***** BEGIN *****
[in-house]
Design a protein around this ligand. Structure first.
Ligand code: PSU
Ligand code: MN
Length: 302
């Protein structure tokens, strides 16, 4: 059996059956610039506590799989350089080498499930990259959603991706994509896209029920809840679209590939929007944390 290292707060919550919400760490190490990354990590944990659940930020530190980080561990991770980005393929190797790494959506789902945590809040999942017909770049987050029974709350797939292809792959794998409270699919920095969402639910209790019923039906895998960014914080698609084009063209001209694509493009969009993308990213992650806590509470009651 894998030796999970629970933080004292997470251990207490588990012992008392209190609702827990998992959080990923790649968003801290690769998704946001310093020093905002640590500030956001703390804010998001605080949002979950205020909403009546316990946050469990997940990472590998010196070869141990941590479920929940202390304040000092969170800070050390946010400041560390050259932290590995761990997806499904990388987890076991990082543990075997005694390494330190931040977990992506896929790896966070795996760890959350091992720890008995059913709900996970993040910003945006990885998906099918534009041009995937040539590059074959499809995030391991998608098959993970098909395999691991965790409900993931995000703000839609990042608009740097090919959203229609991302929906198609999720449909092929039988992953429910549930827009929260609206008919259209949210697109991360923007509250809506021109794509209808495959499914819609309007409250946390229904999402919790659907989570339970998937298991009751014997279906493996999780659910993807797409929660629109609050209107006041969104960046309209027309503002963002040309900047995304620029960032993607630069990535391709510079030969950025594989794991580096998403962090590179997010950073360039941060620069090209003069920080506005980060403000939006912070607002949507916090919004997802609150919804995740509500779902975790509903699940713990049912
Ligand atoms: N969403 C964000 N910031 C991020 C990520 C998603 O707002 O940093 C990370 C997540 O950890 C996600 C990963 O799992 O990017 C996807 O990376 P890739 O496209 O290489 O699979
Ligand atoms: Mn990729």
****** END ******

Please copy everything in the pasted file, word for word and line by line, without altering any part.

[in-house]
Design a protein around this ligand. Structure first.
Ligand code: PSU
Ligand code: MN
Length: 302
């Protein structure tokens, strides 16, 4: 059996059956610039506590799989350089080498499930990259959603991706994509896209029920809840679209590939929007944390 290292707060919550919400760490190490990354990590944990659940930020530190980080561990991770980005393929190797790494959506789902945590809040999942017909770049987050029974709350797939292809792959794998409270699919920095969402639910209790019923039906895998960014914080698609084009063209001209694509493009969009993308990213992650806590509470009651 894998030796999970629970933080004292997470251990207490588990012992008392209190609702827990998992959080990923790649968003801290690769998704946001310093020093905002640590500030956001703390804010998001605080949002979950205020909403009546316990946050469990997940990472590998010196070869141990941590479920929940202390304040000092969170800070050390946010400041560390050259932290590995761990997806499904990388987890076991990082543990075997005694390494330190931040977990992506896929790896966070795996760890959350091992720890008995059913709900996970993040910003945006990885998906099918534009041009995937040539590059074959499809995030391991998608098959993970098909395999691991965790409900993931995000703000839609990042608009740097090919959203229609991302929906198609999720449909092929039988992953429910549930827009929260609206008919259209949210697109991360923007509250809506021109794509209808495959499914819609309007409250946390229904999402919790659907989570339970998937298991009751014997279906493996999780659910993807797409929660629109609050209107006041969104960046309209027309503002963002040309900047995304620029960032993607630069990535391709510079030969950025594989794991580096998403962090590179997010950073360039941060620069090209003069920080506005980060403000939006912070607002949507916090919004997802609150919804995740509500779902975790509903699940713990049912
Ligand atoms: N969403 C964000 N910031 C991020 C990520 C998603 O707002 O940093 C990370 C997540 O950890 C996600 C990963 O799992 O990017 C996807 O990376 P890739 O496209 O290489 O699979
Ligand atoms: Mn990729």